In 1905 Einstein mathematically proved the existence of atoms and thus helped revolutionize all the sciences through the use of statistics and probability. He was one of the main brains behind the atomic bomb, created by splitting an atom by dropping a particle on the nucleus of an atom.

6. Kennedy dead {22nd November 1963}

Chicago Tribune - JFK Assassination
Chicago Tribune: “Assassin Kills Kennedy: Lyndon Johnson Sworn In” [22nd November 1963]

In Dallas, Texas, John F. Kennedy, the 35th President of the United States, was assassinated. His brother, Robert Kennedy, was assassinated at a Los Angeles hotel five years later. Following the incident, the Daily Mirror’s headline read: “Thank you, God! Not this time!”

The final Newark Star-Ledger’s edition of Saturday, November 23, 1963, utilized its largest typeface to report what the entire world already knew: President John F. Kennedy had been assassinated, and Lyndon B. Johnson had been sworn in President of the United States. Newspapers all around the country carried the same headline.

7. On The Moon {21st July 1969}

Evening Standard - Moon Landing
Evening Standard: “The First Footstep” [21st July 1969]

On July 20, 1969, Neil Armstrong became the first human to step on the moon. As he touched the ground, he famously declared: “That’s one small step for man, one giant leap for mankind.”

Man on the Moon

He and Aldrin walked around for three hours. They did experiments. They picked up bits of moon dirt and rocks. They put a U.S. flag on the moon. They also left a sign on the moon. The two astronauts returned to orbit, joining Collins.

8. Nixon Resigns {9th August 1974}

The New York Times - Nixon Resigns
The New York Times: “Nixon Resigns” [9th August 1974]

President Richard Nixon addressed the American public from the Oval Office on August 8, 1974, to announce his resignation from the presidency due to the Watergate scandal. Nixon’s resignation was the culmination of what he referred to in his speech as the “long and difficult period of Watergate.”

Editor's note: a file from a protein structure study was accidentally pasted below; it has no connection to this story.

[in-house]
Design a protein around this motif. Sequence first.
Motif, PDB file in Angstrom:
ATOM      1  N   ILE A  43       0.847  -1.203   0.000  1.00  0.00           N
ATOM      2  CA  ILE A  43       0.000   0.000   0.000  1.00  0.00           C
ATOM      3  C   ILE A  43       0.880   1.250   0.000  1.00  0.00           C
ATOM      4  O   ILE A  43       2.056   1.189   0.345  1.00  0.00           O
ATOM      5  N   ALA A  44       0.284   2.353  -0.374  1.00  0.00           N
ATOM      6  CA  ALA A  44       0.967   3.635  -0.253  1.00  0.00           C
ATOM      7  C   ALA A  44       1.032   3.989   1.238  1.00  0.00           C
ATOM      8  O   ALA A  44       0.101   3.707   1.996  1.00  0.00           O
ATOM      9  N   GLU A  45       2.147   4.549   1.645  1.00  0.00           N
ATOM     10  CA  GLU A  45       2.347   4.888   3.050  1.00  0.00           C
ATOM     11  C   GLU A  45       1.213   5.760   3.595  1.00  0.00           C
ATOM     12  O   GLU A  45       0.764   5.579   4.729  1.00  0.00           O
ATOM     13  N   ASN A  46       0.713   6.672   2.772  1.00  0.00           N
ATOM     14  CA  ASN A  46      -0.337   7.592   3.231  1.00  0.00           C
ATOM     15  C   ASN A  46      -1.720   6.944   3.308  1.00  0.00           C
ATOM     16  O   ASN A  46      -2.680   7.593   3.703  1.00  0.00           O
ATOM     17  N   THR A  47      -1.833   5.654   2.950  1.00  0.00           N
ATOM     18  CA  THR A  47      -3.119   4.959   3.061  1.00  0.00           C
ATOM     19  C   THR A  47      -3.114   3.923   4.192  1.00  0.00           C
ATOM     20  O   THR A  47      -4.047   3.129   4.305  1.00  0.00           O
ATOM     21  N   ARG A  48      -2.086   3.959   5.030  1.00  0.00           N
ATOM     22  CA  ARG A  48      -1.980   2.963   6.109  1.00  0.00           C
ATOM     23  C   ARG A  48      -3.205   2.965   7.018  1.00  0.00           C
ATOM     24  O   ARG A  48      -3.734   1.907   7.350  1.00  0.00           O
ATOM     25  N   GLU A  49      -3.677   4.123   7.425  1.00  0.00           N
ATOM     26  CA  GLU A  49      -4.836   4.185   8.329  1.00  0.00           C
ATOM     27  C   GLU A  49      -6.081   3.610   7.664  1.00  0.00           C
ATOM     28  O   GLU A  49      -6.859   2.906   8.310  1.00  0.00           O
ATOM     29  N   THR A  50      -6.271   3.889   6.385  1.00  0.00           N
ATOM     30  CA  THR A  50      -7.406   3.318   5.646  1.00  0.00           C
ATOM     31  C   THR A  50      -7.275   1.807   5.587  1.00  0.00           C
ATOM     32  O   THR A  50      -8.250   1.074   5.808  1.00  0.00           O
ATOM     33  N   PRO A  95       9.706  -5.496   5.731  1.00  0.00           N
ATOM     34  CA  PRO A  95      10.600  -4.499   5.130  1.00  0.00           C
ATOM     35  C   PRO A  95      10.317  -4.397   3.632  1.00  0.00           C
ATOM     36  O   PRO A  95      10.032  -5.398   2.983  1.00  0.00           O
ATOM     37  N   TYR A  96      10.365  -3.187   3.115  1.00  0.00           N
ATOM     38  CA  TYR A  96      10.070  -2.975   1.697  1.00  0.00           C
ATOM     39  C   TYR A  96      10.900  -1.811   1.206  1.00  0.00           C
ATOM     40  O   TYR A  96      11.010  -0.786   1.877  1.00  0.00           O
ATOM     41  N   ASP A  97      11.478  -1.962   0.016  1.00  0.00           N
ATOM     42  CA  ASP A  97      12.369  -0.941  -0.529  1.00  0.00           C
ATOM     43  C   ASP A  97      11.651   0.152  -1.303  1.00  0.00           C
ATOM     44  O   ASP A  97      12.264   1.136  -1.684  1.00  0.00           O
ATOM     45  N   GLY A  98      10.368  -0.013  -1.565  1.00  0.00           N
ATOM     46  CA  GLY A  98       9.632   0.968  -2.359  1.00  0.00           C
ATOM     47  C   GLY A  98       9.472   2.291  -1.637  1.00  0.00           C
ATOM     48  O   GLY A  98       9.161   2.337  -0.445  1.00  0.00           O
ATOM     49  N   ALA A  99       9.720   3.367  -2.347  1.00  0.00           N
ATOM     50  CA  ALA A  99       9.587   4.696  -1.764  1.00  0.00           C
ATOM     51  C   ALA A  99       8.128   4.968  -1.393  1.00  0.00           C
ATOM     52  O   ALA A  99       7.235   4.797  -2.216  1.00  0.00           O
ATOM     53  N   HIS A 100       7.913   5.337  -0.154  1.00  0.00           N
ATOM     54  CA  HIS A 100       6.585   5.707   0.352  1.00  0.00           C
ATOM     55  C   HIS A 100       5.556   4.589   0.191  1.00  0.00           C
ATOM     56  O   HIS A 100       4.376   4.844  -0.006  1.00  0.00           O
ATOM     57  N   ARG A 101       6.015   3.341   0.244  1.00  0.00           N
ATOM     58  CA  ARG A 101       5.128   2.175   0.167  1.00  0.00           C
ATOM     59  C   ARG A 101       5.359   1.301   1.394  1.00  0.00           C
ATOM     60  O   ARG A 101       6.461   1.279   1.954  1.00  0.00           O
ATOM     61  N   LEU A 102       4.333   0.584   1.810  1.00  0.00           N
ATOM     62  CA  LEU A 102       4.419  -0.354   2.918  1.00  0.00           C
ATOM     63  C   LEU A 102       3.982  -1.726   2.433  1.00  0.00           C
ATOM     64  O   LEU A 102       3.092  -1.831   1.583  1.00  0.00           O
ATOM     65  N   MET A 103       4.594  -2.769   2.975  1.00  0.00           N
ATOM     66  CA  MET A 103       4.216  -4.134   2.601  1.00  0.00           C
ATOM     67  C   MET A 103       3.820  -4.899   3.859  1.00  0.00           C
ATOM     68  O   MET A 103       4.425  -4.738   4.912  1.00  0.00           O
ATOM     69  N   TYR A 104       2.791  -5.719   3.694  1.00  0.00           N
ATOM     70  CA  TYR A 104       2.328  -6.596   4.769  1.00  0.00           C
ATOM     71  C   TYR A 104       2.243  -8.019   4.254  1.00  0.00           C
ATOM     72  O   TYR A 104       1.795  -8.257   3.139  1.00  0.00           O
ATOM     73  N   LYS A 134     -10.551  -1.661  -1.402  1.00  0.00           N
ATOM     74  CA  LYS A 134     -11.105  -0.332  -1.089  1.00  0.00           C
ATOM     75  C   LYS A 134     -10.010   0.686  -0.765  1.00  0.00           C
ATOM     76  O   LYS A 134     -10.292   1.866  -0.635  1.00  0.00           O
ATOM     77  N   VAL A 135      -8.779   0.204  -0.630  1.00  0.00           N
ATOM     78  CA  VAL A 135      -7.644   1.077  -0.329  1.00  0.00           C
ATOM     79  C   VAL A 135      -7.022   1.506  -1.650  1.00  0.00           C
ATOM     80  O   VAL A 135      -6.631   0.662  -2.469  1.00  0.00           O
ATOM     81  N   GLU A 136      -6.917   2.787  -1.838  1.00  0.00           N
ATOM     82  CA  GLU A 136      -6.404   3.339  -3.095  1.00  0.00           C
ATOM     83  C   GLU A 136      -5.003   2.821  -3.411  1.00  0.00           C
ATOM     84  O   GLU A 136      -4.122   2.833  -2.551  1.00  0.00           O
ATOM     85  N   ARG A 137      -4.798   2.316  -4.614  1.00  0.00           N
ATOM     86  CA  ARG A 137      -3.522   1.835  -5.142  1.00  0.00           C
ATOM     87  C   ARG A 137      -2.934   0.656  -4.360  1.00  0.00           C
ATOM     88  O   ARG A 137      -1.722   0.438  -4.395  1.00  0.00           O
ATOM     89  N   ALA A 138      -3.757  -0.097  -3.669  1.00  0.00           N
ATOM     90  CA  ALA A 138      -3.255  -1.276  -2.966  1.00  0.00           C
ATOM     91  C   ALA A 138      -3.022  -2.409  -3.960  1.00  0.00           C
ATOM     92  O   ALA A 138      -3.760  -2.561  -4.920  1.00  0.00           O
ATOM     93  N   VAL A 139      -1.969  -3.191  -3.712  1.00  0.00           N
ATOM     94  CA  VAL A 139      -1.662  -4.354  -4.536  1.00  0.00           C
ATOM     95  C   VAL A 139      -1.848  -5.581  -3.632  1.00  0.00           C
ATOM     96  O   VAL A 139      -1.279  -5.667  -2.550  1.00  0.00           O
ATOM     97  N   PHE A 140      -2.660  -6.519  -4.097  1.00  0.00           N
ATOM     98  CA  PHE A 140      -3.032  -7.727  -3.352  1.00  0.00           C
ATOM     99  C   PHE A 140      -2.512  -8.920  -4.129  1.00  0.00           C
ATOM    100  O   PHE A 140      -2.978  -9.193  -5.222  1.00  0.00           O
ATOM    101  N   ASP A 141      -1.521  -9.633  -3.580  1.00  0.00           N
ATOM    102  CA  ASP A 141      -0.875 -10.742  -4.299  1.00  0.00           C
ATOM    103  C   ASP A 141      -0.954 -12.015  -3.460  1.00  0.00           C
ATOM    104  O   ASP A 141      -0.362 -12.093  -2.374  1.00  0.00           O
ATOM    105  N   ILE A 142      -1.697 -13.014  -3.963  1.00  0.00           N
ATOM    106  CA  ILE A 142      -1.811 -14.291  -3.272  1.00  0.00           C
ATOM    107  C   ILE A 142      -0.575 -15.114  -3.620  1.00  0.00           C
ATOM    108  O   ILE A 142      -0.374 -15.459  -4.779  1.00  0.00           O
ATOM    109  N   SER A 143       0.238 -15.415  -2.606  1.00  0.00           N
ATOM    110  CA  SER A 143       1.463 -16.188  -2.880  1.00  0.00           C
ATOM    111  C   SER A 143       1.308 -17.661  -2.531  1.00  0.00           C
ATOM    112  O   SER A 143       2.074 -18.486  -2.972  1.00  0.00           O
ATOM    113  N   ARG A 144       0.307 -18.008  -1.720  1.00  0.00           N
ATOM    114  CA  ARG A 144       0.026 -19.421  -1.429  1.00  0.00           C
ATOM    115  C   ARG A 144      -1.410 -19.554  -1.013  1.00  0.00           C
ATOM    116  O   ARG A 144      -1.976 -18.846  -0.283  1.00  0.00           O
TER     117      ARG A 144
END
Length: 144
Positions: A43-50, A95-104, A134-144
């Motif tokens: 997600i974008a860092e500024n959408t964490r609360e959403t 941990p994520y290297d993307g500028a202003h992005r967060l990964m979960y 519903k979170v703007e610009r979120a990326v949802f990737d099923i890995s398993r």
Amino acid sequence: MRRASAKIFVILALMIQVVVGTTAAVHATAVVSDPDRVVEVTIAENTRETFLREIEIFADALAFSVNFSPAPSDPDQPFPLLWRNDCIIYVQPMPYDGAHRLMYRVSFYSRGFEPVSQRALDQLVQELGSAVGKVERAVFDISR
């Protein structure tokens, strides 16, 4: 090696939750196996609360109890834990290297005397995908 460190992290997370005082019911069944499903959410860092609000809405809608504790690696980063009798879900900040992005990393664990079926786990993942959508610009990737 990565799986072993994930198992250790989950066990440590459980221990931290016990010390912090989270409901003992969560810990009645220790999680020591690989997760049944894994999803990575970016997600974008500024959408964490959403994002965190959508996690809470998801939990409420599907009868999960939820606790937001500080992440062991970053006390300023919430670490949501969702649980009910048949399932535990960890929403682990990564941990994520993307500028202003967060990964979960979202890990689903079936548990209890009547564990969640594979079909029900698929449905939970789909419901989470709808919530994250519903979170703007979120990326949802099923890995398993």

“By taking this action,” he said in a solemn address from the Oval Office, “I hope that I will have hastened the start of the process of healing which is so desperately needed in America.”

Nixon became the only President to ever resign from office. Gerald Ford later pardoned him, but he was never truly forgiven.

9. John Lennon Dead {9th December 1980}

Los Angeles Times - John Lennon Slain
Los Angeles Times: “Beatle John Lennon Slain” [9th December 1980]

At 10.49 pm December 8, 1980, on the day preceding this headline running, John Lennon, the English singer, formerly of the Beatles, was shot in the back four times by Mark David Chapman, an American Beatles fan from Hawaii who had been stalking him for 3 months, in the archway of The Dakota, his New York City house.

Chapman claimed that Lennon’s lifestyle and public remarks enraged him, particularly his well-recognized remark that the Beatles were “more popular than Jesus” and the lyrics of his subsequent songs “God” and “Imagine.”

10. Princess Diana’s Death {31st August 1997}

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Los Angeles Times: “Princess Diana, Friend Killed in Paris Car Crash” [31st August 1997]

In the early hours of August 31, 1997, Diana, Princess of Wales, died from injuries sustained in a car accident in Paris’ Pont de l’Alma tunnel. Dodi Fayed, her partner, and Henri Paul, the driver of the Mercedes-Benz W140 S-Class, were both pronounced dead at the site.

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According to the BBC, the chaotic behavior of the paparazzi trailing the automobile may have contributed to the incident. In 1999, a French investigation determined that Paul was fully responsible for the disaster. He lost control of the vehicle at high speeds while intoxicated and under the influence of prescription drugs.